*Disclaimer - I am not a healthcare professional. This post is not intended to replace medical advice. This is my own personal experience and experiences that have been shared with me by others. If you have a knitting related injury/strain/pain you should seek the advice of a qualified medical professional.
This is your annual reminder to take care of your hands this Giftmas knitting season! For many of us, this is our busy season as we knit as much as possible finish all the gifts as before the clock strikes midnight on the 24th.
Here are some strategies to help you make sure that you and your hands survive December. There's also a cool infographic at the bottom of this post that demonstrates some helpful stretching techniques:
Take a break: Knitting is meditative, I get it! When I’m in the zone I can contentedly knit along for hours on end, which usually results in a sore hand and wrist the next day. Remember to mindfully take breaks, walk away and find something else to do. Sometimes I knit by the inch (as in I will knit a certain number of inches then take a break), sometimes I knit with a time limit (as in I will change tasks in one hour, or after this episode or podcast).
Stretch: Stretching helps. I find stretching to be especially effective when I do it in the evening or at bedtime since everything seems to seize up while I sleep.
Warm water: Having a shower, a bath or even just washing some dishes in warm water seems to to help the pain and stiffness quite a bit.
Wear a Brace: I hate this one, but it helps. I have a brace for my right hand that restricts the range of motion and essentially forces me to rest. It's a bitch to knit in, so I don't knit when I wear it, but that's probably the point.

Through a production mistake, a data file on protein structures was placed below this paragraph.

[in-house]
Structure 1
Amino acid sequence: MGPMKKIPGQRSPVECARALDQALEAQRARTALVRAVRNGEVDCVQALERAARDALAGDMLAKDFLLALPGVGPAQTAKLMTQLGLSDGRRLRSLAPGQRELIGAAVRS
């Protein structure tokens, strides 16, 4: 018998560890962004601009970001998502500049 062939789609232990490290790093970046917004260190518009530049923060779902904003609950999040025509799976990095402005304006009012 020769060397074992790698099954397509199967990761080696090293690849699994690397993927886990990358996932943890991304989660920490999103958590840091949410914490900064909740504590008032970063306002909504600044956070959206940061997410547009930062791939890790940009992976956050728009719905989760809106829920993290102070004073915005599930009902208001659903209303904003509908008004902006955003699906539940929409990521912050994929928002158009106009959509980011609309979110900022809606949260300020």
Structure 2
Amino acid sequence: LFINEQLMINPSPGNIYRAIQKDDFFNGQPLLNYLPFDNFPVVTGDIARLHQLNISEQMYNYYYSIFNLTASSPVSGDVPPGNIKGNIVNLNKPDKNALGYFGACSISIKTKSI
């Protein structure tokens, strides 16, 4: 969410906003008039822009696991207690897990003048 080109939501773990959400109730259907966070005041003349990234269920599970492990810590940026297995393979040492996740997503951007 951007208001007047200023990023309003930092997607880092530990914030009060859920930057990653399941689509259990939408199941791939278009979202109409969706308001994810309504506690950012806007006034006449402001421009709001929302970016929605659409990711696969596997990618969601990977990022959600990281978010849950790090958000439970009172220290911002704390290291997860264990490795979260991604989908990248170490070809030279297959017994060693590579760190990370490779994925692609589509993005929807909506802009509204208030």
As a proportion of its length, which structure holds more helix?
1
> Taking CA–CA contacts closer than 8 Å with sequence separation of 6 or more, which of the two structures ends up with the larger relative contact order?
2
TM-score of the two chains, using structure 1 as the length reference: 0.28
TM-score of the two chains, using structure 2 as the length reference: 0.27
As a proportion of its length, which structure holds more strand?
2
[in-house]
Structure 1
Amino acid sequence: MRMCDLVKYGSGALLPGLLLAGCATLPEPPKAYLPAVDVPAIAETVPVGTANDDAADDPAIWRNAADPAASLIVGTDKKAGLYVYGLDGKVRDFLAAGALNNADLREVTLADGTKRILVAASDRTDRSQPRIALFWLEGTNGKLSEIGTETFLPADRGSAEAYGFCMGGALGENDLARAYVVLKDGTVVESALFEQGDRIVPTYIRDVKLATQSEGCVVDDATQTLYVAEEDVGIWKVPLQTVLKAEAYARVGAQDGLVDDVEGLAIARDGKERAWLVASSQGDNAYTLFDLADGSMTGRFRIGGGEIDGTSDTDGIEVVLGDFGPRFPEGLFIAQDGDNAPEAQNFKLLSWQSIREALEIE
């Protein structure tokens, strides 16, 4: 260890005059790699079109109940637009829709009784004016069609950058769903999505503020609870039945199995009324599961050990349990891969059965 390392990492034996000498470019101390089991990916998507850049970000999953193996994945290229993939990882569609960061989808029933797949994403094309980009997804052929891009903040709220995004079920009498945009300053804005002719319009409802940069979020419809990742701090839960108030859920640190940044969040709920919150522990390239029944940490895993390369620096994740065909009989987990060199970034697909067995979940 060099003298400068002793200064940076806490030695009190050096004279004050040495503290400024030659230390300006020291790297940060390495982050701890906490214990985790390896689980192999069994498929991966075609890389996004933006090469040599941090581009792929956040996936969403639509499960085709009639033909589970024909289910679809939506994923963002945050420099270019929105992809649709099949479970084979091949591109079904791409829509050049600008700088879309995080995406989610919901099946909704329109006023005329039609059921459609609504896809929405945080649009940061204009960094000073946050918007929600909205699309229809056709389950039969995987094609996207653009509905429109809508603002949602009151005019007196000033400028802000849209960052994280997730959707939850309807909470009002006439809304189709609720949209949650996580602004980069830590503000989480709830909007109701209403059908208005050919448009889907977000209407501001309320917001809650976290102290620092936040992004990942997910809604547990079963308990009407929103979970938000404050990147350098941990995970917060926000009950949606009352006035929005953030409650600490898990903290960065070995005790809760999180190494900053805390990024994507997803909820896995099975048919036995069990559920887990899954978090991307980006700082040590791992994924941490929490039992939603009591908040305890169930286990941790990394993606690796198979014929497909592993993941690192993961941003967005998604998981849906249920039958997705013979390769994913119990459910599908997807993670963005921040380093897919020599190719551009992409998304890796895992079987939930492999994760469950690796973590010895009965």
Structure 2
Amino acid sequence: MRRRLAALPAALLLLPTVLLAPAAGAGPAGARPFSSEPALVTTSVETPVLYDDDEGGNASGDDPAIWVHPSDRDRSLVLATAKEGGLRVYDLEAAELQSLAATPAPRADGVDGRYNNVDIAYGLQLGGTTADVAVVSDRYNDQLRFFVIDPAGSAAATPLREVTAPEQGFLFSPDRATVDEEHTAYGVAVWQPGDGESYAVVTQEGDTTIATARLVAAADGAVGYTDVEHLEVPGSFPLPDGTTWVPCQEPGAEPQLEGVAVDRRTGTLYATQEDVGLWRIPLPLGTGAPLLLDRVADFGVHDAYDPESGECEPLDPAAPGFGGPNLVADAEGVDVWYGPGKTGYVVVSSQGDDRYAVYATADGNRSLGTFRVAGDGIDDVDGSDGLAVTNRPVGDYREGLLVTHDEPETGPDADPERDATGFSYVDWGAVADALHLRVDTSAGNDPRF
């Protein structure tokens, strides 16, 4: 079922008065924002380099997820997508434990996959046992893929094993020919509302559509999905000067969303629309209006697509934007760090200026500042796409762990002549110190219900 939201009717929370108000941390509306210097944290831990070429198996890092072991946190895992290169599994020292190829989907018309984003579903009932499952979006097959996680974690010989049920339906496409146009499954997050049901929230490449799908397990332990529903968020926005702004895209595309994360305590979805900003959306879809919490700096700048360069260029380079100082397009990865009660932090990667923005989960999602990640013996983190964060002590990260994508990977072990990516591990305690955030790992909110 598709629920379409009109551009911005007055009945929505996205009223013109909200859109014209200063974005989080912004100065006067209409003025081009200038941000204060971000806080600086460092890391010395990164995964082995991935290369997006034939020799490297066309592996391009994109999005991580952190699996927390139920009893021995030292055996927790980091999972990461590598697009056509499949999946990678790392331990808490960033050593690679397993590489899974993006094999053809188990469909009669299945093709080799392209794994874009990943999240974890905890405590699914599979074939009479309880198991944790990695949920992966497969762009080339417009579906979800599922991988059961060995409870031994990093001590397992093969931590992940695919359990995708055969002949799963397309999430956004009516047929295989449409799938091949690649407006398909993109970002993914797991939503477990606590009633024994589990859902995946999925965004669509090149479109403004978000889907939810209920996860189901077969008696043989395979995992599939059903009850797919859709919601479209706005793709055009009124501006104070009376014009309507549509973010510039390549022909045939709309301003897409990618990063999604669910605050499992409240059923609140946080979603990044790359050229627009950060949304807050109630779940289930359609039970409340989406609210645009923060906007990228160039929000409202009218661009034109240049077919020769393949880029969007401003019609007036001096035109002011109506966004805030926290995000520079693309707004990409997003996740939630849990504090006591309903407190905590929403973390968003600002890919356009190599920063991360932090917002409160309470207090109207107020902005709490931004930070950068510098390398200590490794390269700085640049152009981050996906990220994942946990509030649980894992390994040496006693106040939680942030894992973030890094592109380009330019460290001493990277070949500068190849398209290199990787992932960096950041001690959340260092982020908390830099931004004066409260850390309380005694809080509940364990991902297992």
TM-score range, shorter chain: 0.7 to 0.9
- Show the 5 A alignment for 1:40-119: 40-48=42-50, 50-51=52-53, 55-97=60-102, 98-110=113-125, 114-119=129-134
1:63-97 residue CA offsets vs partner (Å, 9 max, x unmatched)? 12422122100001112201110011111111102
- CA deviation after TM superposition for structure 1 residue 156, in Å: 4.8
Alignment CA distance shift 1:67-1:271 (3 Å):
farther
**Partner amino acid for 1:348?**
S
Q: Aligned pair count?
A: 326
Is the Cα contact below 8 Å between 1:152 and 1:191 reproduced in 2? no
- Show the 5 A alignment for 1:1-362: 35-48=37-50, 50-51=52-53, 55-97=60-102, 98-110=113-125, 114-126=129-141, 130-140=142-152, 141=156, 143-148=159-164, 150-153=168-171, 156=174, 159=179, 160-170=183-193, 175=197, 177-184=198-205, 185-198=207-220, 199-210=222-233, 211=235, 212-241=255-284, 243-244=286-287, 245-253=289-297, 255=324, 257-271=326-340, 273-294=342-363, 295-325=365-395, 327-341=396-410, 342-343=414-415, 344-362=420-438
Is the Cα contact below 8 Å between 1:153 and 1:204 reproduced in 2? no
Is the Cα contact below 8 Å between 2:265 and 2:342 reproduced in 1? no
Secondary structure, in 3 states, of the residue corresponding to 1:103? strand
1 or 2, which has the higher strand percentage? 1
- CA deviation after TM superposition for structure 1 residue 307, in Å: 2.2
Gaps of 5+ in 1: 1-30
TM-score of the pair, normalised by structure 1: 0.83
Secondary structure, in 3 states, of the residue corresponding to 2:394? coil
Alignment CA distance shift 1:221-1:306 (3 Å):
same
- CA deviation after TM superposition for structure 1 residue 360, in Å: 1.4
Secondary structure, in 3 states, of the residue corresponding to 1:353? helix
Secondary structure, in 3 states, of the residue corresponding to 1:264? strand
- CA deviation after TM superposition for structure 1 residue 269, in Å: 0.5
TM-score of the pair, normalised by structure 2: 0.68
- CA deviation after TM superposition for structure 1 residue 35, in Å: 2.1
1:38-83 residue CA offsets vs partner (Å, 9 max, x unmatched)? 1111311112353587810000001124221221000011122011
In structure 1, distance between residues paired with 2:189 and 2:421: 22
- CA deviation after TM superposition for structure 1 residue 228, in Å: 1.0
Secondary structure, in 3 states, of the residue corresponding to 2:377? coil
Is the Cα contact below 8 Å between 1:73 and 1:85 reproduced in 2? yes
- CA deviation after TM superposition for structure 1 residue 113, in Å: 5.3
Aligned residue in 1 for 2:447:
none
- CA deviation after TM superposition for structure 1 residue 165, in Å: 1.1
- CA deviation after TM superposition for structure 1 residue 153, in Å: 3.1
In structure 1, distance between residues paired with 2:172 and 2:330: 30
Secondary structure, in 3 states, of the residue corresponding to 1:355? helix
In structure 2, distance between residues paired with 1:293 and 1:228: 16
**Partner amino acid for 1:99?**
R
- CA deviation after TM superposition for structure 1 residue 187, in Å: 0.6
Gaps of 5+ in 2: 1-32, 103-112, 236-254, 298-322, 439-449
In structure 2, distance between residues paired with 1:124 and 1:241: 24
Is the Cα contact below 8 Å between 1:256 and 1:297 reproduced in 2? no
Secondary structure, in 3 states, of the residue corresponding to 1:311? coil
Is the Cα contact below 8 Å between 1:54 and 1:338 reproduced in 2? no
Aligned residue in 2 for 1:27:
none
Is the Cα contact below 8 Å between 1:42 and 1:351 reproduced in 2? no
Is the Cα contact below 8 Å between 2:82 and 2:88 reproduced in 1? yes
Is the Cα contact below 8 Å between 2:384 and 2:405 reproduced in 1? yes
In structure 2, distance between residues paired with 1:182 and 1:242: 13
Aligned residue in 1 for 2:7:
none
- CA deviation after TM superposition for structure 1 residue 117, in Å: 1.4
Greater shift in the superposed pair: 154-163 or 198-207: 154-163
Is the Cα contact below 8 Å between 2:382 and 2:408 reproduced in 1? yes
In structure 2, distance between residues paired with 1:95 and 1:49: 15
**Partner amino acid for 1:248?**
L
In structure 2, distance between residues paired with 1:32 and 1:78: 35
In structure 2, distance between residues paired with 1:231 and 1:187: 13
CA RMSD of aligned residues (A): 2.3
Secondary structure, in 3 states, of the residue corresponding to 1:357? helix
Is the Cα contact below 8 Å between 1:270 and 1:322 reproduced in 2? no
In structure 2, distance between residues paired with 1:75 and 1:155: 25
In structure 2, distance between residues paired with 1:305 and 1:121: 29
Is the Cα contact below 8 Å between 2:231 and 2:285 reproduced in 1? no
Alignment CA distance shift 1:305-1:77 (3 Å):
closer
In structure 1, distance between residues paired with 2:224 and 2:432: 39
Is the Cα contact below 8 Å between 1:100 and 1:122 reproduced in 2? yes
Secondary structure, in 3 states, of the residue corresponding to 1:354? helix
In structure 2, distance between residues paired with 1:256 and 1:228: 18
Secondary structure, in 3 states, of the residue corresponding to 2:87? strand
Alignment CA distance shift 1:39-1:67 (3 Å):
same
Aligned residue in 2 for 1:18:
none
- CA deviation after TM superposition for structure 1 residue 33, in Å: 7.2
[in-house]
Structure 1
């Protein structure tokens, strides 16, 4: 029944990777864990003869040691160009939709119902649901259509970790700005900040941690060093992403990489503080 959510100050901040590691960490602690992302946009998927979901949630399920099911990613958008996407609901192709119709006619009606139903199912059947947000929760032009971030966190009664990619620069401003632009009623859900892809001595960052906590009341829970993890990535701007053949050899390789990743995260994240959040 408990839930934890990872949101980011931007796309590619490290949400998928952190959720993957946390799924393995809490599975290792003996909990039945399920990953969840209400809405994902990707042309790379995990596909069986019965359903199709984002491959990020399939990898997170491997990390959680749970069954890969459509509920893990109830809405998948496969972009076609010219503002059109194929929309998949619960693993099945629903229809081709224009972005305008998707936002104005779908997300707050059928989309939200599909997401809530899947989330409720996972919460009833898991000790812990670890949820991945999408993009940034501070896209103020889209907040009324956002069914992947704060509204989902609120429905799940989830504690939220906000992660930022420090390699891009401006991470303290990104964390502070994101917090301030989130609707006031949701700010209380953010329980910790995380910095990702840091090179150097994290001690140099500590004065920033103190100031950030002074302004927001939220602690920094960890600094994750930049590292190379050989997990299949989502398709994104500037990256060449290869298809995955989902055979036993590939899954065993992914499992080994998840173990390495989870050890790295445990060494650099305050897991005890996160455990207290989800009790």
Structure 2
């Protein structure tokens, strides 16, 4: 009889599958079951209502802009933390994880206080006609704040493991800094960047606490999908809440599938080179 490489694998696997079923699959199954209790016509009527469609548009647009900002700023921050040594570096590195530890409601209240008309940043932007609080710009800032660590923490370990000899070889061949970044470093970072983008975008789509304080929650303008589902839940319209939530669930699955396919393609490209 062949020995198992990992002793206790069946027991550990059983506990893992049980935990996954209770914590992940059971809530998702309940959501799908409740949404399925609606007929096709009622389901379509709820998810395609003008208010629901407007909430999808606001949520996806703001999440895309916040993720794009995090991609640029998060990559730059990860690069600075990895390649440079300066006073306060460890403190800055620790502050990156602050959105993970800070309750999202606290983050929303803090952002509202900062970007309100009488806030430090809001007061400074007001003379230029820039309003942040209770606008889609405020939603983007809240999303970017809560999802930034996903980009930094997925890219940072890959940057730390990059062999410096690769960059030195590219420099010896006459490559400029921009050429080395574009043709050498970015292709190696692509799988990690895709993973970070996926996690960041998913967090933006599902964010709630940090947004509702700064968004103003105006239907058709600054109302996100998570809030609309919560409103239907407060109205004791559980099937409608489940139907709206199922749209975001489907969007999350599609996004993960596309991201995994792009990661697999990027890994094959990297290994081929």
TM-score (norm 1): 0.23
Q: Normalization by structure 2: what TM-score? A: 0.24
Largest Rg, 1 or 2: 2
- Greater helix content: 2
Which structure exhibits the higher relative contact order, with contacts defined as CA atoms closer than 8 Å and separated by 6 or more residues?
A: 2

Medication: I occasionally take anti-inflammatory medication to help with the discomfort. Not very often though as I do not want to become dependent on them.
Here are some things that other knitters have told me work for them:
Change your knitting style: I'm not bi-stitchual. I only knit one way - I call it modified English style - the yarn is in my right hand, but instead of throwing it over the needle, I flick it with my index finger. I have tried to switch to continental, but it doesn't work for me. I'm set in my ways. I envy knitters who can alternate easily between English and Continental. If you try this, be careful about doing it in the middle of a project as your tension may change and so might your gauge.
Change Crafts: If you are multi-craftual, you can give your hands and wrists a break by focusing on your other crafts for a while. Crocheting, sewing, writing, drawing, needlepoint, cross-stitch, spinning, dyeing...the fibre community is full of so many talented, multi-craftual people - we really are an amazing bunch of creative talents!
Avoidance: If there is a specific part of knitting that triggers your pain, avoid it. Certain needles antagonize my pain. I love to knit socks on 9 inch circular needles, but will have wrist pain for days afterwards. If you have a trigger, try to avoid it.
Do you have any tips or tricks for keeping your hands pain-free while you knit? Let us know!